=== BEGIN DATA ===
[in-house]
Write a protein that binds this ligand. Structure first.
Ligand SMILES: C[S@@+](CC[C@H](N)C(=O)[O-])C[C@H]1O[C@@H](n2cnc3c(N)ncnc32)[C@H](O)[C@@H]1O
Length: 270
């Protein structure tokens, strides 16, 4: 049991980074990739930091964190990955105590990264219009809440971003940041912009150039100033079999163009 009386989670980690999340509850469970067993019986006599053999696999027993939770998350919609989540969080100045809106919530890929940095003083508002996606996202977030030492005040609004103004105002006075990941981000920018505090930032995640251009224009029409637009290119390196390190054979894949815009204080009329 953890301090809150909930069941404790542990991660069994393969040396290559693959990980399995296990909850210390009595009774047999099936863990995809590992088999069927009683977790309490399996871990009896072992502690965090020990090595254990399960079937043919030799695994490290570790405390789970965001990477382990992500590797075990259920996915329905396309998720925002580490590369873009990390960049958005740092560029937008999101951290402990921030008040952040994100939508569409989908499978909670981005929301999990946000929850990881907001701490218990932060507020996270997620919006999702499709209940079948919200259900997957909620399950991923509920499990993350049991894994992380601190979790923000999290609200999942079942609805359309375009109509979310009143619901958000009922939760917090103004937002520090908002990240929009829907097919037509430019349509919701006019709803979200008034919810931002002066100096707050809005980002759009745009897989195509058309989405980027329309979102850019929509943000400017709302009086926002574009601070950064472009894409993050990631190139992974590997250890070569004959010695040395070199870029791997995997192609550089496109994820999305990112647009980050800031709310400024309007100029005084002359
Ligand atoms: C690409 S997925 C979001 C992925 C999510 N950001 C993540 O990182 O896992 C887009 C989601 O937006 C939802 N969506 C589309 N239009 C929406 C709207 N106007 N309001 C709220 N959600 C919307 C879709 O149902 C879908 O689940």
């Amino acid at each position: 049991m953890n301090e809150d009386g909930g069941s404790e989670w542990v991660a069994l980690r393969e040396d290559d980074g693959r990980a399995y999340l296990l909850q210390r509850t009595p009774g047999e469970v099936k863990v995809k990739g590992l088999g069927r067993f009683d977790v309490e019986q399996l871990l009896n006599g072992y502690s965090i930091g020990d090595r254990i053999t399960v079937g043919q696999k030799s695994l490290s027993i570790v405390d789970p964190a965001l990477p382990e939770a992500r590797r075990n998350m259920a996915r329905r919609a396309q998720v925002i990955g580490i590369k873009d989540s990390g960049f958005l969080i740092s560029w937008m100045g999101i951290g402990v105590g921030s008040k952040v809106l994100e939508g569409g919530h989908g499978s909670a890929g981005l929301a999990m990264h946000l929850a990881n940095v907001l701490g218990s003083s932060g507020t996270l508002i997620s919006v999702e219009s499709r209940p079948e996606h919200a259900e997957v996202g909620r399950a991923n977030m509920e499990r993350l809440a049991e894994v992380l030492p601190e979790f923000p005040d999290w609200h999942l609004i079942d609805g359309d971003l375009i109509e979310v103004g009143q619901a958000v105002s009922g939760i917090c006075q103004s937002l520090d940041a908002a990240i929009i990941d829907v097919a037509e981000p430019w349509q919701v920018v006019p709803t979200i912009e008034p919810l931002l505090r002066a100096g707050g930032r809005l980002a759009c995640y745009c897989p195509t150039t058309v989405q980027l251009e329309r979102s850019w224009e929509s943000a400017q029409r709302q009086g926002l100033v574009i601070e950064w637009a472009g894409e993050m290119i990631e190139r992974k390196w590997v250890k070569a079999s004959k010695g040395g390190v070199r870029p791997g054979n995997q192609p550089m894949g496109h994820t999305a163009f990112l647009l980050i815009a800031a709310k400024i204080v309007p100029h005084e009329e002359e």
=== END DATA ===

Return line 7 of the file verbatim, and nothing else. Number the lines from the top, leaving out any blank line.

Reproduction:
């Amino acid at each position: 049991m953890n301090e809150d009386g909930g069941s404790e989670w542990v991660a069994l980690r393969e040396d290559d980074g693959r990980a399995y999340l296990l909850q210390r509850t009595p009774g047999e469970v099936k863990v995809k990739g590992l088999g069927r067993f009683d977790v309490e019986q399996l871990l009896n006599g072992y502690s965090i930091g020990d090595r254990i053999t399960v079937g043919q696999k030799s695994l490290s027993i570790v405390d789970p964190a965001l990477p382990e939770a992500r590797r075990n998350m259920a996915r329905r919609a396309q998720v925002i990955g580490i590369k873009d989540s990390g960049f958005l969080i740092s560029w937008m100045g999101i951290g402990v105590g921030s008040k952040v809106l994100e939508g569409g919530h989908g499978s909670a890929g981005l929301a999990m990264h946000l929850a990881n940095v907001l701490g218990s003083s932060g507020t996270l508002i997620s919006v999702e219009s499709r209940p079948e996606h919200a259900e997957v996202g909620r399950a991923n977030m509920e499990r993350l809440a049991e894994v992380l030492p601190e979790f923000p005040d999290w609200h999942l609004i079942d609805g359309d971003l375009i109509e979310v103004g009143q619901a958000v105002s009922g939760i917090c006075q103004s937002l520090d940041a908002a990240i929009i990941d829907v097919a037509e981000p430019w349509q919701v920018v006019p709803t979200i912009e008034p919810l931002l505090r002066a100096g707050g930032r809005l980002a759009c995640y745009c897989p195509t150039t058309v989405q980027l251009e329309r979102s850019w224009e929509s943000a400017q029409r709302q009086g926002l100033v574009i601070e950064w637009a472009g894409e993050m290119i990631e190139r992974k390196w590997v250890k070569a079999s004959k010695g040395g390190v070199r870029p791997g054979n995997q192609p550089m894949g496109h994820t999305a163009f990112l647009l980050i815009a800031a709310k400024i204080v309007p100029h005084e009329e002359e």